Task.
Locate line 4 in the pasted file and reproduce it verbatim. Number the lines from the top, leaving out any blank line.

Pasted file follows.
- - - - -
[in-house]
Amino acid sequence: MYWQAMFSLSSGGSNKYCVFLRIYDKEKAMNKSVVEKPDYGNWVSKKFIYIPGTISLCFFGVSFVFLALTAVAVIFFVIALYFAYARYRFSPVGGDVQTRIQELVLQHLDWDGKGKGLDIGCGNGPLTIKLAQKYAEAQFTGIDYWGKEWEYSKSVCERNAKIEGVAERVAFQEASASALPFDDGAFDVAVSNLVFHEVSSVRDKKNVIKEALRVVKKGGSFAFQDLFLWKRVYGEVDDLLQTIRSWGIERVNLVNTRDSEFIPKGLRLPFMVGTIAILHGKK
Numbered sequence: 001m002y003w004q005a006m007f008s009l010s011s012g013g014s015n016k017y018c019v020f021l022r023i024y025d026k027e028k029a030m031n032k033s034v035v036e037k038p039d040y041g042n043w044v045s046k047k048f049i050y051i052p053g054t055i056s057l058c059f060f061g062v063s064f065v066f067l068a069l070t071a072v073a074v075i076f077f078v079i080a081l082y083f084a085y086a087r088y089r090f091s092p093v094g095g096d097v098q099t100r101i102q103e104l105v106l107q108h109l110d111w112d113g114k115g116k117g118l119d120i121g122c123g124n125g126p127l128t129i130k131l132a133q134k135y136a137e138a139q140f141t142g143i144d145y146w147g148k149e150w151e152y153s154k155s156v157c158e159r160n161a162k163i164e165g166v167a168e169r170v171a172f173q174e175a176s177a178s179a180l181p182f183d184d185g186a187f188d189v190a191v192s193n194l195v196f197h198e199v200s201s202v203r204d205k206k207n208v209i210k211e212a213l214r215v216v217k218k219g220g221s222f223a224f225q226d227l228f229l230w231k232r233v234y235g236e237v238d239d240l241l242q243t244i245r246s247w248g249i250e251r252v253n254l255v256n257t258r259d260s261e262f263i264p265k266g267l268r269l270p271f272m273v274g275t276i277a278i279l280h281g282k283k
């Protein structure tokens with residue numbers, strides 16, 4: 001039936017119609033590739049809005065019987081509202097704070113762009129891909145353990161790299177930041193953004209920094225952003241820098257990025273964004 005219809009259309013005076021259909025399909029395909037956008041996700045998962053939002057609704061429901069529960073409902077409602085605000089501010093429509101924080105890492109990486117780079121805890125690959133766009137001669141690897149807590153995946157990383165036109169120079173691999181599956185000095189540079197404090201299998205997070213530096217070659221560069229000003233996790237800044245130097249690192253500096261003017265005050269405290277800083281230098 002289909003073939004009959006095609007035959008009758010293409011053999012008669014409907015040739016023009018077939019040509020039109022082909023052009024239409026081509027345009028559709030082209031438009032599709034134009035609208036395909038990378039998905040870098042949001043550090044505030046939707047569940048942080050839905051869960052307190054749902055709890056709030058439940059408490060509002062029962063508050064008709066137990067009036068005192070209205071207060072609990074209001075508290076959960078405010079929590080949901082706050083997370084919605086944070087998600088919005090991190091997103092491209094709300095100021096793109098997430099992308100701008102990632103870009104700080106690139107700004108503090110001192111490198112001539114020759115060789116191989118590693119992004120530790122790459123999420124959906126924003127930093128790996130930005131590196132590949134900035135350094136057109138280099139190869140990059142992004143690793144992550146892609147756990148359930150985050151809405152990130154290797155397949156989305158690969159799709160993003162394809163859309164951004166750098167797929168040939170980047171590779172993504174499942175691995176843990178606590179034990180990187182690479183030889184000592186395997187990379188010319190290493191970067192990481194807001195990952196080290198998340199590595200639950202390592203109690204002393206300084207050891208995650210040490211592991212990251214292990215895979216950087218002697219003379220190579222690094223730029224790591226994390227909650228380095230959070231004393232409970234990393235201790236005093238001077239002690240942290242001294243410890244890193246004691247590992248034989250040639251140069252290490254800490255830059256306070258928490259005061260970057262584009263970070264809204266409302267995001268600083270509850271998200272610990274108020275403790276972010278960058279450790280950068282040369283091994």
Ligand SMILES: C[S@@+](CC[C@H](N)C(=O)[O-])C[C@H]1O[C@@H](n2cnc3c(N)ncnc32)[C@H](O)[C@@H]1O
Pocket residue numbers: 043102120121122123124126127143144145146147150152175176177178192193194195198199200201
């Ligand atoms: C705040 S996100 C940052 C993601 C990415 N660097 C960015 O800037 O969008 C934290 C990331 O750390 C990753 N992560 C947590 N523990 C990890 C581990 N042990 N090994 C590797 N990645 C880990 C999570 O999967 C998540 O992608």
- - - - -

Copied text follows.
């Protein structure tokens with residue numbers, strides 16, 4: 001039936017119609033590739049809005065019987081509202097704070113762009129891909145353990161790299177930041193953004209920094225952003241820098257990025273964004 005219809009259309013005076021259909025399909029395909037956008041996700045998962053939002057609704061429901069529960073409902077409602085605000089501010093429509101924080105890492109990486117780079121805890125690959133766009137001669141690897149807590153995946157990383165036109169120079173691999181599956185000095189540079197404090201299998205997070213530096217070659221560069229000003233996790237800044245130097249690192253500096261003017265005050269405290277800083281230098 002289909003073939004009959006095609007035959008009758010293409011053999012008669014409907015040739016023009018077939019040509020039109022082909023052009024239409026081509027345009028559709030082209031438009032599709034134009035609208036395909038990378039998905040870098042949001043550090044505030046939707047569940048942080050839905051869960052307190054749902055709890056709030058439940059408490060509002062029962063508050064008709066137990067009036068005192070209205071207060072609990074209001075508290076959960078405010079929590080949901082706050083997370084919605086944070087998600088919005090991190091997103092491209094709300095100021096793109098997430099992308100701008102990632103870009104700080106690139107700004108503090110001192111490198112001539114020759115060789116191989118590693119992004120530790122790459123999420124959906126924003127930093128790996130930005131590196132590949134900035135350094136057109138280099139190869140990059142992004143690793144992550146892609147756990148359930150985050151809405152990130154290797155397949156989305158690969159799709160993003162394809163859309164951004166750098167797929168040939170980047171590779172993504174499942175691995176843990178606590179034990180990187182690479183030889184000592186395997187990379188010319190290493191970067192990481194807001195990952196080290198998340199590595200639950202390592203109690204002393206300084207050891208995650210040490211592991212990251214292990215895979216950087218002697219003379220190579222690094223730029224790591226994390227909650228380095230959070231004393232409970234990393235201790236005093238001077239002690240942290242001294243410890244890193246004691247590992248034989250040639251140069252290490254800490255830059256306070258928490259005061260970057262584009263970070264809204266409302267995001268600083270509850271998200272610990274108020275403790276972010278960058279450790280950068282040369283091994």